Once inside their homes, what will you see? Everywhere you look you’ll see Jesus kitsch, likely made by child labor in China or some third-world country. From Bible verse signs and paintings by Christian alcoholic, the late Thomas Kincade to clock chimes that play Sweet Hour of Prayer, and potholders with Christian slogans, Jesus will be on display everywhere you look. In their bookcases, you will notice deep intellectual books by Tim LaHaye, Kay Arthur, Joyce Meyer, and Beth Moore, and dusty, well-worn copies of The Prayer of Jabez and The Purpose Driven Life. (What!! Harry Potter? Starting to wonder what kind of Christian home this is.) Even in the bathroom there will be no escaping Jesus. Try as you might to defecate in peace, Jesus and the trappings of 21st-century Christianity will be staring you in the face. J-E-S-U-S is everywhere (please say Jesus in the voice mentioned above).
Visit them at their offices, what will you see? You will likely see a picture of their family sitting on the desk, but the picture will be housed in a frame that says. As For Me and My House, We Will Serve the Lord. The calendar on the wall will bear the name of the church they attend or an Evangelical parachurch group they support. Perhaps there will be a Bible or the latest Christian get-rich-quick book sitting next to the family portrait. The screen saver on their computer will have a picture of Jesus or a Bible verse. Everywhere you look you will see visible proof that the person who works in this cubicle is on Team Jesus®.
And here’s the thing, all the things I’ve mentioned in this post that are meant to say to other Evangelicals, Hey, we are on the same team, mean nothing. I suspect the home Josh Duggar grew up in had plenty of Jesus Junk®. I suspect the homes of Jimmy Swaggart, Jim Bakker, Ted Haggard, Eddie Long, Jack Hyles, Jack Schaap, David Hyles, Paula White, David Loveless, and Tullian Tchividjian, to name of few of the Evangelical pastors who have run into sexual “sin”, gave the appearance that they were devoted, spirit-filled followers of Jesus. Yet, in real life, they were fornicators, adulterers, abusers, and child molesters.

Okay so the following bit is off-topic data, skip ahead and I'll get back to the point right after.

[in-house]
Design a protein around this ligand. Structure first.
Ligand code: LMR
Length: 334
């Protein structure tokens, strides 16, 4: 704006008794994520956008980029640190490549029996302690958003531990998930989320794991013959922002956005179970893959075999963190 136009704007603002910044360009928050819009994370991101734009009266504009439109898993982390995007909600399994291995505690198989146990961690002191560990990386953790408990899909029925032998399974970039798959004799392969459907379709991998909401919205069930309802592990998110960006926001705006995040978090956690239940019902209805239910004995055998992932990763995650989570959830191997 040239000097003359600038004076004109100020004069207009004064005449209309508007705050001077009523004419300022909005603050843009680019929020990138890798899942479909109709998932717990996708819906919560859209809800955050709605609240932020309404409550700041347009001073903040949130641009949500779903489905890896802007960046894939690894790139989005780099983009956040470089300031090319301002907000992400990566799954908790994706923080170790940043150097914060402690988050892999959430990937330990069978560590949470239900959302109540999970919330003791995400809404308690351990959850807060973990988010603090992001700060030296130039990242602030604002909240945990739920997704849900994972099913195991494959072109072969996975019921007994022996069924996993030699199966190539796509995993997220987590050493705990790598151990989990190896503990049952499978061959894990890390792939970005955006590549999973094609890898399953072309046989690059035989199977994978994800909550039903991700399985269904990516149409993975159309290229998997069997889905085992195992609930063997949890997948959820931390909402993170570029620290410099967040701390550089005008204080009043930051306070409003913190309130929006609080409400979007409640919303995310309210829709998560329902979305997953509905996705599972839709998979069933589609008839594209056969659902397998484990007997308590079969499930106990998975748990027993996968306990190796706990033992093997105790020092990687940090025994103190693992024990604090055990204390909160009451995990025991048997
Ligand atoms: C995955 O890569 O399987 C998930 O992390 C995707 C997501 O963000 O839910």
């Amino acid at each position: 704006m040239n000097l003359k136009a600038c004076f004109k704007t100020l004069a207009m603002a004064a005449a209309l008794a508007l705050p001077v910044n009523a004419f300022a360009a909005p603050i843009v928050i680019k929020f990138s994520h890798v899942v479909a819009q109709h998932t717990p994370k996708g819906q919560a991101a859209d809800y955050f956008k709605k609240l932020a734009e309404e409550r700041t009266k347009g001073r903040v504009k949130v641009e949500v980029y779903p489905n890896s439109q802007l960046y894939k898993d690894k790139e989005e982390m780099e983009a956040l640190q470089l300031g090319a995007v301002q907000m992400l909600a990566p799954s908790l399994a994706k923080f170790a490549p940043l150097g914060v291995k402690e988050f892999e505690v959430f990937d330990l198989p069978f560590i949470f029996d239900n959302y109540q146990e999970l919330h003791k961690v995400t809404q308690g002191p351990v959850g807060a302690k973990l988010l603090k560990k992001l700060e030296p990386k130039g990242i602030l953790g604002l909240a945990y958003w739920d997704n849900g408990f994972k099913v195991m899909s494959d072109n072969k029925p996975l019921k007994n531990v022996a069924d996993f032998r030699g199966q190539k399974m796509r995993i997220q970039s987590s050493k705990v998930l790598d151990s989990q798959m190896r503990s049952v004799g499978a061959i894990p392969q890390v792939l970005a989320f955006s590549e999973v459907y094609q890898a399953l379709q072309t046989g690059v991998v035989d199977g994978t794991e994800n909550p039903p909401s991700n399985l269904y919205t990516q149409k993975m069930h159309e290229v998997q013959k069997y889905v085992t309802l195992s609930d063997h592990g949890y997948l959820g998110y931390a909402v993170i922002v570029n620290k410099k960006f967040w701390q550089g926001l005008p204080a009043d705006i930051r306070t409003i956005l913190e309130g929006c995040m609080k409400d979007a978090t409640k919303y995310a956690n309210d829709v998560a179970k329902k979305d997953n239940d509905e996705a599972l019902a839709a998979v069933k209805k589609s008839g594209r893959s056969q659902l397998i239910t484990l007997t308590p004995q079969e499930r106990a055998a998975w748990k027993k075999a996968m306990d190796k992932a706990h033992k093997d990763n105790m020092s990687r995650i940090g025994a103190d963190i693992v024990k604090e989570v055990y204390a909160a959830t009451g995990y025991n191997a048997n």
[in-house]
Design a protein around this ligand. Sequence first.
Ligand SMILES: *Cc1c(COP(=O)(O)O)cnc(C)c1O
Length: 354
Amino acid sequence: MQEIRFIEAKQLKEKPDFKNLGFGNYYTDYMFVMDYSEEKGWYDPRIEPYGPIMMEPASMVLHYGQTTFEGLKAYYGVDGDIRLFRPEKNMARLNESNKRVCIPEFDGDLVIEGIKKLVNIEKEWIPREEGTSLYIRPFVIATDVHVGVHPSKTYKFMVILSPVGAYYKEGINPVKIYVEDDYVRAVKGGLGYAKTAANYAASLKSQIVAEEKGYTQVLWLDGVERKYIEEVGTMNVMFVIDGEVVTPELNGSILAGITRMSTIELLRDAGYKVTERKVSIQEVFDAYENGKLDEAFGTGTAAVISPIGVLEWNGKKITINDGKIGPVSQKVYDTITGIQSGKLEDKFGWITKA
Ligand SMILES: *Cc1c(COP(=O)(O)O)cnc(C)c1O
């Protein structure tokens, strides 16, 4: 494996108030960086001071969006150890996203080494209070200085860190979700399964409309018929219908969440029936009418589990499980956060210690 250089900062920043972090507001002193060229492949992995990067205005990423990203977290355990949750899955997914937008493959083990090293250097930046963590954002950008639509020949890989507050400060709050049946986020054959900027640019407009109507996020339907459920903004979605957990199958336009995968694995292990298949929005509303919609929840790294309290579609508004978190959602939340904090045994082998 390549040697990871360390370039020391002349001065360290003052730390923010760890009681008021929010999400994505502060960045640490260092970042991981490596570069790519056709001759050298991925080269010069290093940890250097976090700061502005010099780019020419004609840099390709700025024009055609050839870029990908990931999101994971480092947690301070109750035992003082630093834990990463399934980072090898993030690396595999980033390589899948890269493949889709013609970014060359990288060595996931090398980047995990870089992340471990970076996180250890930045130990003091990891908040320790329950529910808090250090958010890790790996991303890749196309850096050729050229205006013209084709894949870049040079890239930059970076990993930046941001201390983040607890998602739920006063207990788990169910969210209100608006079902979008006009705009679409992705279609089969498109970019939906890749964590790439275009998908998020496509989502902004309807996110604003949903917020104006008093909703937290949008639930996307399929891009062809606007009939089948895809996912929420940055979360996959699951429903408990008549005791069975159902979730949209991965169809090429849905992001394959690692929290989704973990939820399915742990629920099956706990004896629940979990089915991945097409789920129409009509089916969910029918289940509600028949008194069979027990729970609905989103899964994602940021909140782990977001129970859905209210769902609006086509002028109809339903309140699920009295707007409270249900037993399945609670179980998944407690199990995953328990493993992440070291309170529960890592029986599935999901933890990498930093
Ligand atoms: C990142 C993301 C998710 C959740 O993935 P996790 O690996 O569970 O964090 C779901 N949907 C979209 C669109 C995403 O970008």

All that the Jesus Junk® tells you is that the family has enough disposable income to invest in the cheap trappings of Evangelicalism. The clothing and the outward appearance of a person tells you nothing about what kind of person they really are. Anyone can play the Evangelical game. Give me a few days and I can take a Muslim couple and turn them into Bob and Marsha Evangelical. The Evangelical shtick is easy to reproduce, so much so that anyone can do it. I correspond with closeted atheists who attend Evangelical churches every Sunday with their believing spouses. Everyone thinks the atheist is a Jesus-loving, praise-and-worship-singing Baptist. I also correspond with several closeted atheist pastors. Everything about their lives, including their demeanor, says to others, I am a follower of Jesus, Yet, if an Evangelical knew they were an atheist they would say the person is a follower of Satan.
Now, this doesn’t mean we can’t know what a person is made of. While we can never know all there is to know about a person, we can, over time, observe their life, and come to a conclusion about the kind of person they are. Here’s what Evangelicals need to understand. Non-Christians are not interested in or wowed by the consumer culture on display in your home, car, or workplace. They aren’t interested in what takes place on Sunday Morning at the church you call home. They are not interested in your Ken and Barbie pastor. What does interest them is the words you speak and your behavior, not only in public, but also when no one is looking. How do you treat your spouse, children, and grandchildren? How do you act towards minorities, the weak, the defenseless, and the marginalized? How do you treat those who are not your flavor of Christianity or vote differently than you do? How do you respond to those who have no interest in your God and have told you please don’t? What do your non-Christian coworkers say about you?
These days, when I see an Evangelical whose life is a walking billboard for the Christian Ghetto®, I immediately doubt they are what they say they are. They are trying too hard to be viewed as a Christian. They are like the car dealer who tells you he is the most honest dealer in town or the husband who tells everyone around him how faithful he is to his wife. I don’t trust those who have to publicize their virtuous character. Just live it and everyone will notice.
Bruce Gerencser, 66, lives in rural Northwest Ohio with his wife of 45 years. He and his wife have six grown children and thirteen grandchildren. Bruce pastored Evangelical churches for twenty-five years in Ohio, Texas, and Michigan. Bruce left the ministry in 2005, and in 2008 he left Christianity. Bruce is now a humanist and an atheist.
Connect with me on social media:
Your comments are welcome and appreciated. All first-time comments are moderated. Please read the commenting rules before commenting.
You can email Bruce via the Contact Form.